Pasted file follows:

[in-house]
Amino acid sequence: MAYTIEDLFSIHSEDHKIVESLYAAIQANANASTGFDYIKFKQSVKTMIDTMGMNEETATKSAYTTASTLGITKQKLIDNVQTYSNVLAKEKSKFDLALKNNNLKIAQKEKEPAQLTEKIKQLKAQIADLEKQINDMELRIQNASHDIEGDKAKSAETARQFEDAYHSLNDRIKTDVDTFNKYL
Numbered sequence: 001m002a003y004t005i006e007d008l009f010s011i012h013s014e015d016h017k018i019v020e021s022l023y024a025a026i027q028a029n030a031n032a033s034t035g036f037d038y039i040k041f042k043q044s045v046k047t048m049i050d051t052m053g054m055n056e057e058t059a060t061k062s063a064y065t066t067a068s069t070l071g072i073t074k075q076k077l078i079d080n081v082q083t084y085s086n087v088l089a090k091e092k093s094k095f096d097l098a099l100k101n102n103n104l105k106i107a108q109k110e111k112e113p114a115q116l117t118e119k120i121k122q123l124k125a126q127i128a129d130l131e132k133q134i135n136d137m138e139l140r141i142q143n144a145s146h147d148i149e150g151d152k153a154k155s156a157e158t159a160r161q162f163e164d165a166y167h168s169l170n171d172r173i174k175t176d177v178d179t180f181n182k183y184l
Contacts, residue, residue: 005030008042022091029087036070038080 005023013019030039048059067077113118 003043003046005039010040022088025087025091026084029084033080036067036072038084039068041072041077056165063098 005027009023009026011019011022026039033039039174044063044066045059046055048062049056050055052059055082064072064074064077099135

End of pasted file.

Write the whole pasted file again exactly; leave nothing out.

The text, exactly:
[in-house]
Amino acid sequence: MAYTIEDLFSIHSEDHKIVESLYAAIQANANASTGFDYIKFKQSVKTMIDTMGMNEETATKSAYTTASTLGITKQKLIDNVQTYSNVLAKEKSKFDLALKNNNLKIAQKEKEPAQLTEKIKQLKAQIADLEKQINDMELRIQNASHDIEGDKAKSAETARQFEDAYHSLNDRIKTDVDTFNKYL
Numbered sequence: 001m002a003y004t005i006e007d008l009f010s011i012h013s014e015d016h017k018i019v020e021s022l023y024a025a026i027q028a029n030a031n032a033s034t035g036f037d038y039i040k041f042k043q044s045v046k047t048m049i050d051t052m053g054m055n056e057e058t059a060t061k062s063a064y065t066t067a068s069t070l071g072i073t074k075q076k077l078i079d080n081v082q083t084y085s086n087v088l089a090k091e092k093s094k095f096d097l098a099l100k101n102n103n104l105k106i107a108q109k110e111k112e113p114a115q116l117t118e119k120i121k122q123l124k125a126q127i128a129d130l131e132k133q134i135n136d137m138e139l140r141i142q143n144a145s146h147d148i149e150g151d152k153a154k155s156a157e158t159a160r161q162f163e164d165a166y167h168s169l170n171d172r173i174k175t176d177v178d179t180f181n182k183y184l
Contacts, residue, residue: 005030008042022091029087036070038080 005023013019030039048059067077113118 003043003046005039010040022088025087025091026084029084033080036067036072038084039068041072041077056165063098 005027009023009026011019011022026039033039039174044063044066045059046055048062049056050055052059055082064072064074064077099135